The first two contestants awkwardly twerk to the decidedly untwerkable Titanic theme by Celine Dion. The other two attempt to twerk to Sarah McLachlan’s “Angel,” the morose ballad from anti-animal cruelty commercials. Dom dominates and wins the prize, another box of chocolate.

Emma closes the show, performing a power ballad as she mock-kills someone wearing a Vladimir Putin mask, while two others stand guard nearby in hockey masks.

Jenna asks if the audience had a good time over the final applause. “That’s why we do this. We enjoy bringing joy and laughter and silliness and crazy things and beauty and all of the above to you.” 

After the show, as the audience trickles out and DJ takes over the afterparty, Emma says she tries to do something topical on each show.

“I think it's a way to make a performance impactful,” she says. “Also, it’s sometimes easier on the body when you can score laps without doing the splits. We all play to our strengths.”

She says drag shows are becoming more mainstream and shows like “RuPaul’s Drag Race” have made a difference. 

“Masculinity was still very prized, even like five years ago,” Emma says, “whereas now it's kind of falling to the wayside of it. At least, queerness is open and the drag queen or king is the coolest thing. Sign of the times. So it's easier for us to be open to everyone we meet.”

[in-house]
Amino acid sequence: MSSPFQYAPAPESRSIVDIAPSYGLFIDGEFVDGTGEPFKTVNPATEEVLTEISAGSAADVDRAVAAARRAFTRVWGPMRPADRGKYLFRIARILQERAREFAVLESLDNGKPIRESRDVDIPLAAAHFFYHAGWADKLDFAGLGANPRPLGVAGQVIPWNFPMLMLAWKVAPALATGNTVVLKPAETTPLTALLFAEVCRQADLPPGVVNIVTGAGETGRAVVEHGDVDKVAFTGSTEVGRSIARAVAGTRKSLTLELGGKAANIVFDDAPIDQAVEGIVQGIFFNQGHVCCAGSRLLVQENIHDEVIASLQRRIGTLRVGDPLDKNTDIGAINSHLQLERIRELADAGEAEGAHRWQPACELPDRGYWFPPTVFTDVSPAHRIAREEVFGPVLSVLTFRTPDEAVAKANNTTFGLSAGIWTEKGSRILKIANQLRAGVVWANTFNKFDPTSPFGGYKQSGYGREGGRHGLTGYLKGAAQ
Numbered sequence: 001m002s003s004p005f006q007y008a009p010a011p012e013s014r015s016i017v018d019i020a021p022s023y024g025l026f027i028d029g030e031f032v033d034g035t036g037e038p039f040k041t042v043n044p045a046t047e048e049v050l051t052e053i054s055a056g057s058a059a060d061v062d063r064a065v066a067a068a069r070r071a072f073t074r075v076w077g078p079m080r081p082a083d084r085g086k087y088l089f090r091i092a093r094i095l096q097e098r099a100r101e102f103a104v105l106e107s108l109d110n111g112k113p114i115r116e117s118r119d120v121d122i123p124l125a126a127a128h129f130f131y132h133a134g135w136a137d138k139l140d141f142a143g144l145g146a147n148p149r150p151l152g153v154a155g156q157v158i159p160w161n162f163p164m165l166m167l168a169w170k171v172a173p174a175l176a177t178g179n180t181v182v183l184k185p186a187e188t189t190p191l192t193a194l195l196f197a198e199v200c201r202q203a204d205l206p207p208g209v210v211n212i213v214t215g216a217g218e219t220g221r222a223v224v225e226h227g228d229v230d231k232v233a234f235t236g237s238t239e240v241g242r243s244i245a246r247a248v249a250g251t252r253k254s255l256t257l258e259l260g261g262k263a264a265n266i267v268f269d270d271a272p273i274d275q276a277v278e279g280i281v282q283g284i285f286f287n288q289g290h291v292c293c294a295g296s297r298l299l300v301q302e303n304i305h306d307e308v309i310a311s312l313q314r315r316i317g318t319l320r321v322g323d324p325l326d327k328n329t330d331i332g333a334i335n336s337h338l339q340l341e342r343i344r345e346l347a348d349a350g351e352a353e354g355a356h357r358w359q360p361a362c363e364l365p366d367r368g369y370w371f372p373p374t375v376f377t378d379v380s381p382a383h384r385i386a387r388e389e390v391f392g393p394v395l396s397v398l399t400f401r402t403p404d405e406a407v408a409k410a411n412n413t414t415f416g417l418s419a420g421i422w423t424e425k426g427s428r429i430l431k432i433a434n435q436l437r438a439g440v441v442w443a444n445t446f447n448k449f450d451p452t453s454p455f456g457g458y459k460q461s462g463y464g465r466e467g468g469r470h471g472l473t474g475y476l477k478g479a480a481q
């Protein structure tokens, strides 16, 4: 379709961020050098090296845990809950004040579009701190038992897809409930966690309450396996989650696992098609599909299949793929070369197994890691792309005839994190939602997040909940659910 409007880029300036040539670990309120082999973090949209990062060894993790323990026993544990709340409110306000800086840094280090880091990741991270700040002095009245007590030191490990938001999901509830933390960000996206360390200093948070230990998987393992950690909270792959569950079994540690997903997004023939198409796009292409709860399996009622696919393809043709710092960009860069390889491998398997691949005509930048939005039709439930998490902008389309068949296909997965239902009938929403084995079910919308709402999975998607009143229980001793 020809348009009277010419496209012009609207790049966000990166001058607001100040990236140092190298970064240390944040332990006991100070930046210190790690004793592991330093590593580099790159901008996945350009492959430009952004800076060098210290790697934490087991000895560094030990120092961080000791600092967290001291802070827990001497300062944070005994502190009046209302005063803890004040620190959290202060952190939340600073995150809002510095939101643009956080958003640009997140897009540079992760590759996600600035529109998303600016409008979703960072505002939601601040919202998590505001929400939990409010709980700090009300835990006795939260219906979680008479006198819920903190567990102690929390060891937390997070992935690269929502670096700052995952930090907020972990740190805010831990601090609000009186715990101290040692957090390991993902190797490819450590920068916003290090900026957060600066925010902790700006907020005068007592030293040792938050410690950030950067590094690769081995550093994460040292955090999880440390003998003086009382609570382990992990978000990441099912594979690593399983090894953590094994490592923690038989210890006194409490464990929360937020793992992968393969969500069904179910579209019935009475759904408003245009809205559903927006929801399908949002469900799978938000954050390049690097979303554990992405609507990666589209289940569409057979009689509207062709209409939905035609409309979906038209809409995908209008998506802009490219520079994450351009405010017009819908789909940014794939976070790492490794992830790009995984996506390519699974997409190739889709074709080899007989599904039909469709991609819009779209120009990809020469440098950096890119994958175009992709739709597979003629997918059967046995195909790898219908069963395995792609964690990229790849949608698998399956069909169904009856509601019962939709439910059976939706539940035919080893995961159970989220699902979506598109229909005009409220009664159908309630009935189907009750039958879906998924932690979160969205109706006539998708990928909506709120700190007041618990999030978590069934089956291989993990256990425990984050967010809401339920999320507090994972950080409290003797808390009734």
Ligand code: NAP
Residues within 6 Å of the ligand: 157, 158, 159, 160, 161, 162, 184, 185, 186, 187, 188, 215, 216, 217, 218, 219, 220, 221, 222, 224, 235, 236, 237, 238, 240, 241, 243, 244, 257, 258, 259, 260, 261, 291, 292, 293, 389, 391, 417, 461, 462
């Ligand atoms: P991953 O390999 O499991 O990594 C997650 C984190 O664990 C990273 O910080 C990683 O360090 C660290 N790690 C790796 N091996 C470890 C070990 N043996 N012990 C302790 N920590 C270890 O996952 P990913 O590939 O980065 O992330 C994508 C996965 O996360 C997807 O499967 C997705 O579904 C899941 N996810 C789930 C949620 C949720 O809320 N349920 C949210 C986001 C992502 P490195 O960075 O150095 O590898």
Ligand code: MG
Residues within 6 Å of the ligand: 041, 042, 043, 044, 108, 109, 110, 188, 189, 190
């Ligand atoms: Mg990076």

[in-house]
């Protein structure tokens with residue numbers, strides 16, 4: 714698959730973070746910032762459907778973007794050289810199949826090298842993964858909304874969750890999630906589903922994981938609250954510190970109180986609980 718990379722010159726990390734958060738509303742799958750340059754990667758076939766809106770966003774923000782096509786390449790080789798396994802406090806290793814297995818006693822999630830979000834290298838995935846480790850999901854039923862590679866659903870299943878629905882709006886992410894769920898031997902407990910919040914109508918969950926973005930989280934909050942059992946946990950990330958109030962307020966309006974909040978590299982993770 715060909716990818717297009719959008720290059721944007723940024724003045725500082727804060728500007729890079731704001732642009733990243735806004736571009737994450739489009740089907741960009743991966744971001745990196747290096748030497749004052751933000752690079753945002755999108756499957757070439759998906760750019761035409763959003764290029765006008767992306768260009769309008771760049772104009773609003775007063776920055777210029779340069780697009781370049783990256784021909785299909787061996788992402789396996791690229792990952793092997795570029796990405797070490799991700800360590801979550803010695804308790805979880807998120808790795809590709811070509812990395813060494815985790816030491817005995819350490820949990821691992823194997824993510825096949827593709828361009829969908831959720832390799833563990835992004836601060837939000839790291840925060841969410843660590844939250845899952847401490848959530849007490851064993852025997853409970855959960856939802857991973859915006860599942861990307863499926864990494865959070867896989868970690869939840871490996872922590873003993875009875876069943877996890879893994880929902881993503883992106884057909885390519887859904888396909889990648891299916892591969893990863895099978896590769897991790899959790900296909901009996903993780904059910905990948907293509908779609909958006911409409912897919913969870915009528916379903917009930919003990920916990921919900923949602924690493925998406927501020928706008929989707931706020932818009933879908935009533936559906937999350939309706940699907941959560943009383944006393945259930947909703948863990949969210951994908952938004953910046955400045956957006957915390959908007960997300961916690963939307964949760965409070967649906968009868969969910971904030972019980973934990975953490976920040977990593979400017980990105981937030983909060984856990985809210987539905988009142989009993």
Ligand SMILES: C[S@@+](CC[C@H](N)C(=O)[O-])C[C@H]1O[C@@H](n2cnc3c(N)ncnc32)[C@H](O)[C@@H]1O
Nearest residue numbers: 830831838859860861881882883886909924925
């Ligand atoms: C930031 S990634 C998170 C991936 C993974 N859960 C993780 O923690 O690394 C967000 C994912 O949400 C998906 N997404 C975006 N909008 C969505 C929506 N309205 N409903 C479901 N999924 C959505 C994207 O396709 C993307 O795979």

Jenna agrees and sees the difference with a show she hosts downtown. 

“We definitely are privileged to live in a time where people came before us made it okay for us to be out in public,” Jenna says. “Right on the edge of kind of Skid Row, I feel comfortable just striding down the street because I know that there are people that came before me that did get beat up or that got murdered. Now it has become mainstream enough, half the time I walk down the street and I get hit on.”

“Also, I feel like 10 years ago, there would never be a drag show in a straight bar. It was kind of confined to gay bars. Nowadays, it is a lot more open and a straight bar will have a drag night, where it's more integrated into our society.”

Born in Kentucky, Doug Rapp now calls 90291 home. Before joining the Venice Current, his writing appeared in outlets throughout the Midwest. He is also a script analyst for writing competitions in L.A. and New York City.